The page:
Into The Spine Of: Donut County

It gets that games are goofy and people can be bad.

Disclaimer: minor spoilers about the story ahead

At face value, Donut County is a goofy physics game with intuitive, satisfying puzzles and real good music. It’s kind of like a hole though – the more you play it, the deeper it gets. From the beginning it’s a funny game, but underneath those jokes is an allegory about accountability and apologizing. Quick, lighthearted, and relevant, Annapurna Interactive’s latest is the perfect fit for one of those end of summer afternoons.

You play as a raccoon named BK who recently moved into town and works at a “donut” shop with his good friend Mira. BK doesn’t actually sell donuts, though, he just plays games on his phone. Specifically, one that summons up real expanding holes that are hungry for trash. Which wouldn’t be too bad if he wasn’t a raccoon who thinks that literally everything is garbage, but he is, and chaos ensues. The main gameplay schtick is wandering around as a hole and gobbling up residents’ homes going from the smallest blade of grass to the entire lawn, building units, and families. It seems a bit grim, but don’t worry – you don’t really notice the impact of your actions until later, and neither does BK. It’s just a little phone app he’s using anyways; how could anything shitty he does on it affect people’s lives? Come on!

I know it’s a quirky premise, but Donut County wholly commits to it and delivers an experience I really dig. It always feels fluid and compelling. A lot of that is due to the intuitive mechanics, and relaxing, uncomplicated puzzles it features. The different places you wreak havoc in are so varied and colorful – both musically and visually. It makes it a treat to dive into each area for a few minutes, figure out the solution, swallow it up, and then move on to the next one. The wackiness never stops upstaging itself and BK ends up using catapults, launching illegal fireworks, and coaxing some large frogs into helping him get that trash throughout his journey. There are so many elements that keep hyper-elevating the stakes during the game, but throughout all that mayhem I never felt swamped with information or overstimulated. Donut County maintains a steady pace and holds a thoughtful structure that grants players a nice place to have a goofy, tangential time without making too big of a mess on screen.

They also nail the dialogue so, so well – a feat that not many games have achieved without sounding like a 47 year old man trying to fit in with the teens. The opening scene has BK and Mira texting each other about work, and it almost perfectly replicates the joke-y, jaded, millennial post-ironic Twitter dialect that people are using right now. Reclaiming the capitalized LOL’s and emoji usage, this game gets how people talk to other people online and in person. It just feels real, and makes it an amazing vessel to deliver the characters’ personalities and intentions without sounding ham-fisted or out of touch. There’s also a trash-o-pedia with little bios of all the things you’ve consumed; it’s the only thing I’ve ever read that was very obviously written by a raccoon.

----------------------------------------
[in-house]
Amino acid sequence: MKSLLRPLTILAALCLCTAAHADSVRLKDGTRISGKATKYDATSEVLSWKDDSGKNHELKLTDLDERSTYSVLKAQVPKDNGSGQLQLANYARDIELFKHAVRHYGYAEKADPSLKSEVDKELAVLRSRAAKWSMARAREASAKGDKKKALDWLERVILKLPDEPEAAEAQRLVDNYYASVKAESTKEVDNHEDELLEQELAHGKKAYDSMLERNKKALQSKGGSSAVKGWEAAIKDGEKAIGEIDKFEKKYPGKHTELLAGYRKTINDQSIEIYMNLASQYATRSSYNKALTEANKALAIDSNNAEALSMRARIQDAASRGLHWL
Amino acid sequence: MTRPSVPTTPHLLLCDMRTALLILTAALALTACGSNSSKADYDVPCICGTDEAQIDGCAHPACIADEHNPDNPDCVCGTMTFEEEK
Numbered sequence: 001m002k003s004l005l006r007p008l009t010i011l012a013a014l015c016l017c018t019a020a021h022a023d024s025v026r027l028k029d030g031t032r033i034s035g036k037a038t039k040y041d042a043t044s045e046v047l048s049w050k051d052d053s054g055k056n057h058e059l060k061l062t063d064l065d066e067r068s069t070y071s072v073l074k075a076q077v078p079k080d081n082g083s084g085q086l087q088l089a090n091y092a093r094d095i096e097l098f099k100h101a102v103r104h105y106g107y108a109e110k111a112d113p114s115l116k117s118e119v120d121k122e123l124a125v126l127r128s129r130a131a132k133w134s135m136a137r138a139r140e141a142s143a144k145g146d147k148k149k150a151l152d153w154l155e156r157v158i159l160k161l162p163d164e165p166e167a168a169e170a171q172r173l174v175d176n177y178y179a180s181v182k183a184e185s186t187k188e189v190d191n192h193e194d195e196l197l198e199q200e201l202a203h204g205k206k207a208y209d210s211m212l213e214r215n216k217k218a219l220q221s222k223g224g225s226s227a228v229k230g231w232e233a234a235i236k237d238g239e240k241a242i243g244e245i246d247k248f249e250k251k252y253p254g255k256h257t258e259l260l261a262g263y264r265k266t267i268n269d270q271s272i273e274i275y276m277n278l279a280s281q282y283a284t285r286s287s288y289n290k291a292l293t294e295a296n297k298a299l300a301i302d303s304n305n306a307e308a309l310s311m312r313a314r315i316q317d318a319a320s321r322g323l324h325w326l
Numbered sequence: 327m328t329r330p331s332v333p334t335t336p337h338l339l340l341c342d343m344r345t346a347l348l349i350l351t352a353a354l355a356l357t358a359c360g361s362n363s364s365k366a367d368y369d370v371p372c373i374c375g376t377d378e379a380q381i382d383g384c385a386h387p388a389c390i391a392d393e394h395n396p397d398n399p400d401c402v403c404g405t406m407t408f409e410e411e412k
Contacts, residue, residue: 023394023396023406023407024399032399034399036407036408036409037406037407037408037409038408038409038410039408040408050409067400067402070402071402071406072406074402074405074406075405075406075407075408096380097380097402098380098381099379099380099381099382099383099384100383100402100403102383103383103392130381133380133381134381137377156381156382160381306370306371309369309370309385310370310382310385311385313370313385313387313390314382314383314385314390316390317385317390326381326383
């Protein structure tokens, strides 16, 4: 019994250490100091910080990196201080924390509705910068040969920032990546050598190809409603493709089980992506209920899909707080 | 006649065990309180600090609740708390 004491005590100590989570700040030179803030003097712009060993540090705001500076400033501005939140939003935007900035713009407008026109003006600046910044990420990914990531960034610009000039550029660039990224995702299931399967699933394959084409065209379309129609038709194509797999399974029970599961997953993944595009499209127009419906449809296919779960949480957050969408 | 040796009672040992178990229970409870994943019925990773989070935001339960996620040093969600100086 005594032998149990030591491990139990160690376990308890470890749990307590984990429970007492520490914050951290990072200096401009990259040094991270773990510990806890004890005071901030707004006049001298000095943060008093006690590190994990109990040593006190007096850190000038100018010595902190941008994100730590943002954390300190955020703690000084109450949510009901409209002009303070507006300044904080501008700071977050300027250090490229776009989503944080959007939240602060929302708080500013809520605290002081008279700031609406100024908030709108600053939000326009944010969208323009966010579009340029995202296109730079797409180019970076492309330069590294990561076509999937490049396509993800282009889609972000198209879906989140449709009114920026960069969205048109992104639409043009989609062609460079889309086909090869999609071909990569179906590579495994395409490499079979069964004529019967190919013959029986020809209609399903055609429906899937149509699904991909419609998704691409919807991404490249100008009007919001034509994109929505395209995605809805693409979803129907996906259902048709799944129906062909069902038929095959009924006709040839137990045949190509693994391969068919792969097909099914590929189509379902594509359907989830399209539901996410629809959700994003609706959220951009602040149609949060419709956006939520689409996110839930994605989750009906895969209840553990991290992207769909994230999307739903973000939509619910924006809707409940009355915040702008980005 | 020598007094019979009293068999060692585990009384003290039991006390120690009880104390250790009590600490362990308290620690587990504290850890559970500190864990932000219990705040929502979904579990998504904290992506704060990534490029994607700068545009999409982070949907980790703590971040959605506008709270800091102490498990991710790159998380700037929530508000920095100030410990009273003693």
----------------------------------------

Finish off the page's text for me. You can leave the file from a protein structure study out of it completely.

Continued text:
By the end of Donut County’s opening scene you can tell that BK loves games and hates responsibility. We all know a BK. His focus is so tunnel visioned on gaining points and leveling himself up that he neglects his friends and fellow residents, endangering them for the sake of an end-game remote quadcopter prize. It escalates in a way that can only be described as gaming hubris. The more points BK got, the more damage he dealt to the town, and the worse I felt about progressing. And for the most part the game is told through flashbacks after most of the town ends up in the abyss BK’s operating, so the townsfolk are all there expressing the hardships they’ve endured because of BK’s lack of empathy. I’ve never had a game push me to a state where I cared less about gaining points, and more about the things I was doing to get those points. BK’s arrogant obsession makes him inconsiderate, and sort of an asshole to play as.

Later on BK eventually realizes that his actions have consequences and he apologizes, but not everyone accepts it, and honestly they don’t have to. One character flat out denies it saying that what happened was real messed up and it would take some time and actual effort on BK’s end to earn the character’s trust back. This isn’t dwelled upon too much, but it hit me hard because it reminded me about recent callout posts and celebrity scandals where people are just so garbage at apologizing, yet think they deserve to be absolved of their wrongdoings because they did. Thinking about that while I was completing simple puzzles caused me to take a step back and realize this game actually has a lot more to it than a cool hole mechanic.

Donut County is a rabbit hole of laughs and liability. A game that manages to fit so much into a small, charismatic package bursting with personality. I love that it can be interpreted in so many ways: modern urban development issues of gentrification, how people need to step away from games and check on how their friends are doing, or even commentary on how many people online have no sense of responsibility to the words they say. Also somehow offering such a calming, feel-good experience that’s sure to have you laughing all the way through. It’s wild how a little indie game like Donut County is jam packed with so many aspects, like a nice jelly filled donut, but that’s what makes it so special.

By Funké

Hey, I'm Funké Joseph. I'm always writing about video games and pop-culture.

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